Dental Implants

Despite our best attempts at maintaining strong, healthy teeth through good oral hygiene habits, there are still occasions when teeth become so damaged through injury or decay that they need to be removed from the mouth in order to protect the individual’s oral health and comfort. When this occurs, it is absolutely vital to replace these teeth as soon as possible. The gaps that are caused by missing teeth can lead to numerous oral problems and issues, including shifting teeth, misaligned bite, deteriorated jawbone, change of face shape and much more. This is where dental implants can help.

Dental implant

Understanding Dental Implants

A dental implant is a metal replacement of a tooth root. It is surgically placed in the jawbone so that replacement teeth can be mounted securely to it. Unlike dentures, dental implants are not removable and so remain fixed and sturdy. They do not require that adjacent teeth be filed down and prepared in order to help hold the replacement tooth in position. They are sometimes used to help support dentures or bridges so that they won’t slip or move. They may also be a better option than traditional bridges or dentures, which can sometimes be uncomfortable or even impossible to use. Most importantly, dental implants restore the structure and function of the mouth–allowing the individual to speak and eat more naturally.

Since dental implants are surgically placed in the jawbone, an individual absolutely must have healthy gums and adequate jawbone available to support them. Thin, soft or weak jawbones may require a bone graft prior to receiving a dental implant, or your dentist may recommend an alternative tooth replacement option. Where dental implants are appropriate, there are two main types that will be considered:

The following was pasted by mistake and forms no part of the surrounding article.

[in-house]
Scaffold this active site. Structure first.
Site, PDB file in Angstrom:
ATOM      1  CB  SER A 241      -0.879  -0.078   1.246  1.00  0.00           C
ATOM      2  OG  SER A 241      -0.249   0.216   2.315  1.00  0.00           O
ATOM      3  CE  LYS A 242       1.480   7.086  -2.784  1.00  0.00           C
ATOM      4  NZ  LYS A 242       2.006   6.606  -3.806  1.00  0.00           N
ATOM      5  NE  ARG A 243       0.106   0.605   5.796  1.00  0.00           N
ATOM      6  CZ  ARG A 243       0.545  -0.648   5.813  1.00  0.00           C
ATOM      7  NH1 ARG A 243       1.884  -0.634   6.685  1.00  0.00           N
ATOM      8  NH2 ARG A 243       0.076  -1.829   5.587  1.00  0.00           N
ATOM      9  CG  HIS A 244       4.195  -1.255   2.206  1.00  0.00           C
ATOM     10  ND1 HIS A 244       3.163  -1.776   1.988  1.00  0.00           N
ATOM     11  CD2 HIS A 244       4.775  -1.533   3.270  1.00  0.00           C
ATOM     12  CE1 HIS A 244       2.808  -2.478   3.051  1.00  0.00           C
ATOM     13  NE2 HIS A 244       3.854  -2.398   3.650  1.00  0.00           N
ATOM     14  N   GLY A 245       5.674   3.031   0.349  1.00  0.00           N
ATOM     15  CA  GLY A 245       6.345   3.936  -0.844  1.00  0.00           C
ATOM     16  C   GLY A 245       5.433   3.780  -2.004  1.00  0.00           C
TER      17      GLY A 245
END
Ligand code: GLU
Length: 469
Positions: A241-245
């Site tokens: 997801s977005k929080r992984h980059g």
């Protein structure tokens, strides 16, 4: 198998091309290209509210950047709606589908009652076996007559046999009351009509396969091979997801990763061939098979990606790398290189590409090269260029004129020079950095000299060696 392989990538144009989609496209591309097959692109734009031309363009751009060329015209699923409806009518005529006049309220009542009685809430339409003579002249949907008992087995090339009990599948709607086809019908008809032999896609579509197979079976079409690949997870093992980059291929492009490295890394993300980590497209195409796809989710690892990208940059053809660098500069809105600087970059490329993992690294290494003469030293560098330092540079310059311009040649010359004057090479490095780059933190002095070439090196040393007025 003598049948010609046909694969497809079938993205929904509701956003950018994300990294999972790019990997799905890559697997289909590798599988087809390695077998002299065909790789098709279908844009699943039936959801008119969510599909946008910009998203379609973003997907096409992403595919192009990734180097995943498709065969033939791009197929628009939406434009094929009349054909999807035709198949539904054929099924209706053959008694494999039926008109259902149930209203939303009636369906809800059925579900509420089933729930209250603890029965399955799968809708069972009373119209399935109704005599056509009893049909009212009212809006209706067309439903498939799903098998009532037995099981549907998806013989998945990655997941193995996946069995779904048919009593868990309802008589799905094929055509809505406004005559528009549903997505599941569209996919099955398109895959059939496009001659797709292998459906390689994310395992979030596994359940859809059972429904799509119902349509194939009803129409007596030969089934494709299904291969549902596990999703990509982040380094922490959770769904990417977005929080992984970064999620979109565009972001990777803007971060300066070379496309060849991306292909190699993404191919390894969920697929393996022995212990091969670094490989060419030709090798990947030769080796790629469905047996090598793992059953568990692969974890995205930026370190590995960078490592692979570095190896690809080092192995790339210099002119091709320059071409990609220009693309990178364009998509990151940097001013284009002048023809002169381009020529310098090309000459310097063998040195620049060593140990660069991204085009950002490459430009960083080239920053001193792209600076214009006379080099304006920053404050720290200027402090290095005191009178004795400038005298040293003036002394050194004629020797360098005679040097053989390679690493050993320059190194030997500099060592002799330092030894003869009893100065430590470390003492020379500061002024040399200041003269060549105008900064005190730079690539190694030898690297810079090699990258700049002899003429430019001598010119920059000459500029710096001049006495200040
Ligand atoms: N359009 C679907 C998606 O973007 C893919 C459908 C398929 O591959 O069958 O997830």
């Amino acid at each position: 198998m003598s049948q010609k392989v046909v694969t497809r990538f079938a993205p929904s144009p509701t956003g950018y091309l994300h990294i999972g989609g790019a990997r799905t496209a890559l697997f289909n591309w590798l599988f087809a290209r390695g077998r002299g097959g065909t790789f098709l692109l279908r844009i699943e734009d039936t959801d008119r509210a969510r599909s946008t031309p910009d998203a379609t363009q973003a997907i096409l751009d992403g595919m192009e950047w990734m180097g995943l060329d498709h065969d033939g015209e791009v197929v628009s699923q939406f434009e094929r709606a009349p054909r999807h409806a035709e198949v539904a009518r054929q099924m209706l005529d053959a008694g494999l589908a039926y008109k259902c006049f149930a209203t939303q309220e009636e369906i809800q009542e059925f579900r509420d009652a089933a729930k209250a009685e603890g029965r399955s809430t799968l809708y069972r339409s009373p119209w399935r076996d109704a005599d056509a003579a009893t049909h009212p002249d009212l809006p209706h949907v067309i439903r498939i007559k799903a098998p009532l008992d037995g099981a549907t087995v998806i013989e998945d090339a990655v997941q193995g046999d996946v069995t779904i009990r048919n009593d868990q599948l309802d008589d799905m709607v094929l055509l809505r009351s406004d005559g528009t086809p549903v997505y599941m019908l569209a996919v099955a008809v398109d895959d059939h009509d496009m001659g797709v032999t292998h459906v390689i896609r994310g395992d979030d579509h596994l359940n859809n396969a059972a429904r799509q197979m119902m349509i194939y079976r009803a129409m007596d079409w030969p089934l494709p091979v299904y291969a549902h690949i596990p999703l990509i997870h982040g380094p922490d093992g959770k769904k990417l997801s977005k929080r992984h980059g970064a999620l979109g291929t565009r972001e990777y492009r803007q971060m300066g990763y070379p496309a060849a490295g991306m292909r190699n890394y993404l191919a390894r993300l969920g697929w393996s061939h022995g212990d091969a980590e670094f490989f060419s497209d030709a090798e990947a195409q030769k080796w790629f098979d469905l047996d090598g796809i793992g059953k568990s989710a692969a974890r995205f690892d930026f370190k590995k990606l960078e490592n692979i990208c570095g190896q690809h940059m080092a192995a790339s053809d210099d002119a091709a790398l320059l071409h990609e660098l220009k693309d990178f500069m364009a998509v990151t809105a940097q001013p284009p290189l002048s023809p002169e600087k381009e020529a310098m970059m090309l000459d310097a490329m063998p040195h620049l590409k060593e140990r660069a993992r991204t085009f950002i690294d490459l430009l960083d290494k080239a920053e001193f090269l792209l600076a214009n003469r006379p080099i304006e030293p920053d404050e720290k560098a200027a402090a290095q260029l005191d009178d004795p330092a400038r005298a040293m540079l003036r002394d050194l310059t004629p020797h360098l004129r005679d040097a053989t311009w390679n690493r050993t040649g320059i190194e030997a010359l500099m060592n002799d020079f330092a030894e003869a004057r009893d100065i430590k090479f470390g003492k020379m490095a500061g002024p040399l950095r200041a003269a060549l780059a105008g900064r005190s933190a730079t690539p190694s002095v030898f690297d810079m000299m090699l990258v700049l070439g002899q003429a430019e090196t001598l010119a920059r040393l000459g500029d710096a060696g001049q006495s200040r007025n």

• Endosteal implants. Attaching these implants requires three main steps: first, they are surgically placed in the jawbone. Second, after the gum tissue has healed around the implant, a post is connected. Third, the artificial tooth is attached to the post.
  • Subperiosteal implants. These implants are not surgically placed in the jawbone, but rather have a metal frame that is fitted onto the jawbone. When the gum tissue heals, it helps the frame to adhere firmly to the jawbone. As with endosteal implants, posts are attached to the frame and artificial teeth are attached to the posts.

Taking Care of Dental Implants

While they are not natural teeth, dental implants are meant to function just like natural teeth. This means that they also need to be very well taken care of in order to last a long time. Following are just a few of the key ways to take good care of your dental implants:

  • Brush and floss daily. Just like your natural teeth need to be brushed twice every day and flossed once every day, so too do your dental implants. Your dentist may recommend a special, interdental brush to help you clean in between your implants more effectively.
  • Visit your dentist twice a year. Dental examinations and professional cleanings twice a year can help to better protect your oral health by addressing minor issues before they become major problems. Your dentist can also check the structure and condition of your dental implant to ensure all is well.
  • Avoid hard foods. Chewing hard foods, like ice and hard candy, can break both natural and artificial teeth. For this reason you should also avoid chewing on pencils or fingernails.
  • Quit smoking. Smoking can not only adversely affect your general health, which can in turn affect your oral health, it can also weaken your bone structure. Dental implant failure can occur when jawbone structure has weakened significantly.

For more information about dental implants, contact Dr. Nurminsky today.

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